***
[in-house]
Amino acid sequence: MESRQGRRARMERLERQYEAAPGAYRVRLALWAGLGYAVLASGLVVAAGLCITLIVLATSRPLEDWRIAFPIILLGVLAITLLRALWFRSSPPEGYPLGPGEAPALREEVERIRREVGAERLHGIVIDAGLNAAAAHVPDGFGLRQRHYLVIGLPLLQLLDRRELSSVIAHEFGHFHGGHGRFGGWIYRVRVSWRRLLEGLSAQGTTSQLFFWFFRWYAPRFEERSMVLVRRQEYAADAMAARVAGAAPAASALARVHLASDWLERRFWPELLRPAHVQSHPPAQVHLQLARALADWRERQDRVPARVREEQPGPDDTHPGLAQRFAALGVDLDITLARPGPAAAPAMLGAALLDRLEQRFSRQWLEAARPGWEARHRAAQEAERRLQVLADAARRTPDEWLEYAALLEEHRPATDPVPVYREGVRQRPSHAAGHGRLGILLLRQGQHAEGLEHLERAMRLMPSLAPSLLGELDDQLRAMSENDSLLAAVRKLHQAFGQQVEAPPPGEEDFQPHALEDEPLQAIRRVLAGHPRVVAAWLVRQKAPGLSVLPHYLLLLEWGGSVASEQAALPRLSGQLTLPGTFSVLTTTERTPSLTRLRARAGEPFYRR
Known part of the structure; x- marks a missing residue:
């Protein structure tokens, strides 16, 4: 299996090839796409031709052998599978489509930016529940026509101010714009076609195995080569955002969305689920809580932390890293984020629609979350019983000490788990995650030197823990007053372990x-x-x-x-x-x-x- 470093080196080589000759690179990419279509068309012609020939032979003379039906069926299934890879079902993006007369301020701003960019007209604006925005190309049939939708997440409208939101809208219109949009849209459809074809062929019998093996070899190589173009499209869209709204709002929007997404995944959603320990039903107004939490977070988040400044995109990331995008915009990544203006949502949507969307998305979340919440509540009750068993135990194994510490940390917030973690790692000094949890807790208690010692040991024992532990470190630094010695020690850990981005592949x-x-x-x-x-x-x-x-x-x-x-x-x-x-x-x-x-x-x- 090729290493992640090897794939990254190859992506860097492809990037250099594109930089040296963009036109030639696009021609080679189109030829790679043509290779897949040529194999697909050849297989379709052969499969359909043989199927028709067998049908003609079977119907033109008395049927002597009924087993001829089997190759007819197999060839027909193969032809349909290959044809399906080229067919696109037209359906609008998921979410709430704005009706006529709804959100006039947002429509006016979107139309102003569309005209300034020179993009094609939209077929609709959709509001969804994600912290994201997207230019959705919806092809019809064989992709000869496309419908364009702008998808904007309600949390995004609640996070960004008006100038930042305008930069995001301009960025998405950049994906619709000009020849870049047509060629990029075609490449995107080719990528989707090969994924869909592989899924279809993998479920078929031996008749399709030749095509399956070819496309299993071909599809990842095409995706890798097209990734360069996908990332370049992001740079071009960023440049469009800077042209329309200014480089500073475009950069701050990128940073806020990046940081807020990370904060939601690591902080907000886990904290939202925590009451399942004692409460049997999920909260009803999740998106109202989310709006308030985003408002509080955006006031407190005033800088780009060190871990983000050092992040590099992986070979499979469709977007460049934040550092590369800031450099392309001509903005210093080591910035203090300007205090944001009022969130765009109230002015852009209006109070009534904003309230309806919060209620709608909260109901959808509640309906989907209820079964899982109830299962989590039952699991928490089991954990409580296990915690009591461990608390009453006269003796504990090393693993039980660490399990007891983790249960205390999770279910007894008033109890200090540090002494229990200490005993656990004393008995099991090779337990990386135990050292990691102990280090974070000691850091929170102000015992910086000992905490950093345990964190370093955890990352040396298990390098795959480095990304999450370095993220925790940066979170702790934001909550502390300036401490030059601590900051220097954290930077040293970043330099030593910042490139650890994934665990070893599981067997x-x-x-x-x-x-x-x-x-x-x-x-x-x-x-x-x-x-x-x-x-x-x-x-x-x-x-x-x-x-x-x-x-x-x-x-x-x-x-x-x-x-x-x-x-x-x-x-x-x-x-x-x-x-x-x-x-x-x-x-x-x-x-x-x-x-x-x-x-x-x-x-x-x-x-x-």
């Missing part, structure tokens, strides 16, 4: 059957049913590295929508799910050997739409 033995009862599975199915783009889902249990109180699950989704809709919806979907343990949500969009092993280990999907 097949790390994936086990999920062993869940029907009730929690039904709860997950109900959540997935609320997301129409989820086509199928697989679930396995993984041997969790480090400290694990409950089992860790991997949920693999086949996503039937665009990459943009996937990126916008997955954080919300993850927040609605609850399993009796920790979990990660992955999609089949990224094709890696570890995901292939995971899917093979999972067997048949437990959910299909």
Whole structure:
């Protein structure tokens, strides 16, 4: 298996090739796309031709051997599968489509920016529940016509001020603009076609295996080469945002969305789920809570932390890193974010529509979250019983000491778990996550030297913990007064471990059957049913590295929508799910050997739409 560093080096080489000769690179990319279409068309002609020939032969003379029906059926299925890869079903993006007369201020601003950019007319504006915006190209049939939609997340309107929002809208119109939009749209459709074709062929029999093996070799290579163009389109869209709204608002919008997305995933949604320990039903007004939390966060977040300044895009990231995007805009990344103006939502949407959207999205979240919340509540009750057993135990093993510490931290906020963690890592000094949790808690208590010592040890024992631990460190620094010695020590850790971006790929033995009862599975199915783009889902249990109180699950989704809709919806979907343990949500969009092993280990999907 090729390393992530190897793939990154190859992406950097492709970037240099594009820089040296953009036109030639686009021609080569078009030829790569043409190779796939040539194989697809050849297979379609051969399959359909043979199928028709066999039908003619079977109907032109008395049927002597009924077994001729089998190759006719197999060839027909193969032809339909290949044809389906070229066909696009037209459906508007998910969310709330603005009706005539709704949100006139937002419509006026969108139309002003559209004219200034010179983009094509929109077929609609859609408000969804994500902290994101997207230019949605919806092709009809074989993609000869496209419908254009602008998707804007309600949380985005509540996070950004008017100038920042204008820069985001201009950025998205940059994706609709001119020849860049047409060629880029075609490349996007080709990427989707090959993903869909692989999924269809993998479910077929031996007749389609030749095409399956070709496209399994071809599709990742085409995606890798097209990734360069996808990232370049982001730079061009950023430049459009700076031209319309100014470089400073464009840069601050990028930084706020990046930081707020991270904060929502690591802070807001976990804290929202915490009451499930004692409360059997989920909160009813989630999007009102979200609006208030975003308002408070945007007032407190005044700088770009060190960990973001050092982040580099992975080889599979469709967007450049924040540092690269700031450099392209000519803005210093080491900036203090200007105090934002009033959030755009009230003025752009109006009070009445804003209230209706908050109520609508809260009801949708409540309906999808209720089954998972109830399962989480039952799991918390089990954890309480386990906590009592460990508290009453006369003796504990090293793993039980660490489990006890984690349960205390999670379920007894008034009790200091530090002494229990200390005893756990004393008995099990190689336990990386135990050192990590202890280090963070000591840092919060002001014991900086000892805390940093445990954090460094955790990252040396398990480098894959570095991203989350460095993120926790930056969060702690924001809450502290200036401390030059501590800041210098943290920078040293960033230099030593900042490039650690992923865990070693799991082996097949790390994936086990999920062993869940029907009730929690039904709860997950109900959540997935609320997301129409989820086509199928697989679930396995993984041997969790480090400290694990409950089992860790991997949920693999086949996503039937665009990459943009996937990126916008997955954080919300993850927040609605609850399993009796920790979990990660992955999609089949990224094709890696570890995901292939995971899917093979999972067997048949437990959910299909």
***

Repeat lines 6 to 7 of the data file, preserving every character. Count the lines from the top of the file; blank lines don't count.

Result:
Whole structure:
């Protein structure tokens, strides 16, 4: 298996090739796309031709051997599968489509920016529940016509001020603009076609295996080469945002969305789920809570932390890193974010529509979250019983000491778990996550030297913990007064471990059957049913590295929508799910050997739409 560093080096080489000769690179990319279409068309002609020939032969003379029906059926299925890869079903993006007369201020601003950019007319504006915006190209049939939609997340309107929002809208119109939009749209459709074709062929029999093996070799290579163009389109869209709204608002919008997305995933949604320990039903007004939390966060977040300044895009990231995007805009990344103006939502949407959207999205979240919340509540009750057993135990093993510490931290906020963690890592000094949790808690208590010592040890024992631990460190620094010695020590850790971006790929033995009862599975199915783009889902249990109180699950989704809709919806979907343990949500969009092993280990999907 090729390393992530190897793939990154190859992406950097492709970037240099594009820089040296953009036109030639686009021609080569078009030829790569043409190779796939040539194989697809050849297979379609051969399959359909043979199928028709066999039908003619079977109907032109008395049927002597009924077994001729089998190759006719197999060839027909193969032809339909290949044809389906070229066909696009037209459906508007998910969310709330603005009706005539709704949100006139937002419509006026969108139309002003559209004219200034010179983009094509929109077929609609859609408000969804994500902290994101997207230019949605919806092709009809074989993609000869496209419908254009602008998707804007309600949380985005509540996070950004008017100038920042204008820069985001201009950025998205940059994706609709001119020849860049047409060629880029075609490349996007080709990427989707090959993903869909692989999924269809993998479910077929031996007749389609030749095409399956070709496209399994071809599709990742085409995606890798097209990734360069996808990232370049982001730079061009950023430049459009700076031209319309100014470089400073464009840069601050990028930084706020990046930081707020991270904060929502690591802070807001976990804290929202915490009451499930004692409360059997989920909160009813989630999007009102979200609006208030975003308002408070945007007032407190005044700088770009060190960990973001050092982040580099992975080889599979469709967007450049924040540092690269700031450099392209000519803005210093080491900036203090200007105090934002009033959030755009009230003025752009109006009070009445804003209230209706908050109520609508809260009801949708409540309906999808209720089954998972109830399962989480039952799991918390089990954890309480386990906590009592460990508290009453006369003796504990090293793993039980660490489990006890984690349960205390999670379920007894008034009790200091530090002494229990200390005893756990004393008995099990190689336990990386135990050192990590202890280090963070000591840092919060002001014991900086000892805390940093445990954090460094955790990252040396398990480098894959570095991203989350460095993120926790930056969060702690924001809450502290200036401390030059501590800041210098943290920078040293960033230099030593900042490039650690992923865990070693799991082996097949790390994936086990999920062993869940029907009730929690039904709860997950109900959540997935609320997301129409989820086509199928697989679930396995993984041997969790480090400290694990409950089992860790991997949920693999086949996503039937665009990459943009996937990126916008997955954080919300993850927040609605609850399993009796920790979990990660992955999609089949990224094709890696570890995901292939995971899917093979999972067997048949437990959910299909």